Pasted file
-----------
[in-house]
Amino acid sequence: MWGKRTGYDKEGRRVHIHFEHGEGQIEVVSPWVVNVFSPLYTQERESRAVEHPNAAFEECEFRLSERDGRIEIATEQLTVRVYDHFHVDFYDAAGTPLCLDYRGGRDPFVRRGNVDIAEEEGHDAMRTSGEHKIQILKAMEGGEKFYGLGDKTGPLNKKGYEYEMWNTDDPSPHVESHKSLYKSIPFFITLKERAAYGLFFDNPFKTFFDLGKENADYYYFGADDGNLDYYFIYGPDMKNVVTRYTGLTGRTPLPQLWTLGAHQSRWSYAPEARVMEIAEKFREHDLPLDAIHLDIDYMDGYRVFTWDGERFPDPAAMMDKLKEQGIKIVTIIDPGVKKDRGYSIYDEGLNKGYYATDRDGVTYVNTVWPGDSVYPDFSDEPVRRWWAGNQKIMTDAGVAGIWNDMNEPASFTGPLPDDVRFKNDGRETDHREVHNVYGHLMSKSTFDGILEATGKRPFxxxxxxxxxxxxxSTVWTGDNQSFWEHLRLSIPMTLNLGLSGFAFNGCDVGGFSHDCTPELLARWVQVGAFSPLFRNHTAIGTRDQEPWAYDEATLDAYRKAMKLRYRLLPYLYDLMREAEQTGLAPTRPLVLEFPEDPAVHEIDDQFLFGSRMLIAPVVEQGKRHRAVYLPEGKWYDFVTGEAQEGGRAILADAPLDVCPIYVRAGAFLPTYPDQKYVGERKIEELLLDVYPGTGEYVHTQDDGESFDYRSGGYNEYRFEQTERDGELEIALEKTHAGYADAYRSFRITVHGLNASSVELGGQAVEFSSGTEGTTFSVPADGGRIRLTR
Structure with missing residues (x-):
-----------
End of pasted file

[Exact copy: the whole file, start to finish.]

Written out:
[in-house]
Amino acid sequence: MWGKRTGYDKEGRRVHIHFEHGEGQIEVVSPWVVNVFSPLYTQERESRAVEHPNAAFEECEFRLSERDGRIEIATEQLTVRVYDHFHVDFYDAAGTPLCLDYRGGRDPFVRRGNVDIAEEEGHDAMRTSGEHKIQILKAMEGGEKFYGLGDKTGPLNKKGYEYEMWNTDDPSPHVESHKSLYKSIPFFITLKERAAYGLFFDNPFKTFFDLGKENADYYYFGADDGNLDYYFIYGPDMKNVVTRYTGLTGRTPLPQLWTLGAHQSRWSYAPEARVMEIAEKFREHDLPLDAIHLDIDYMDGYRVFTWDGERFPDPAAMMDKLKEQGIKIVTIIDPGVKKDRGYSIYDEGLNKGYYATDRDGVTYVNTVWPGDSVYPDFSDEPVRRWWAGNQKIMTDAGVAGIWNDMNEPASFTGPLPDDVRFKNDGRETDHREVHNVYGHLMSKSTFDGILEATGKRPFxxxxxxxxxxxxxSTVWTGDNQSFWEHLRLSIPMTLNLGLSGFAFNGCDVGGFSHDCTPELLARWVQVGAFSPLFRNHTAIGTRDQEPWAYDEATLDAYRKAMKLRYRLLPYLYDLMREAEQTGLAPTRPLVLEFPEDPAVHEIDDQFLFGSRMLIAPVVEQGKRHRAVYLPEGKWYDFVTGEAQEGGRAILADAPLDVCPIYVRAGAFLPTYPDQKYVGERKIEELLLDVYPGTGEYVHTQDDGESFDYRSGGYNEYRFEQTERDGELEIALEKTHAGYADAYRSFRITVHGLNASSVELGGQAVEFSSGTEGTTFSVPADGGRIRLTR
Structure with missing residues (x-):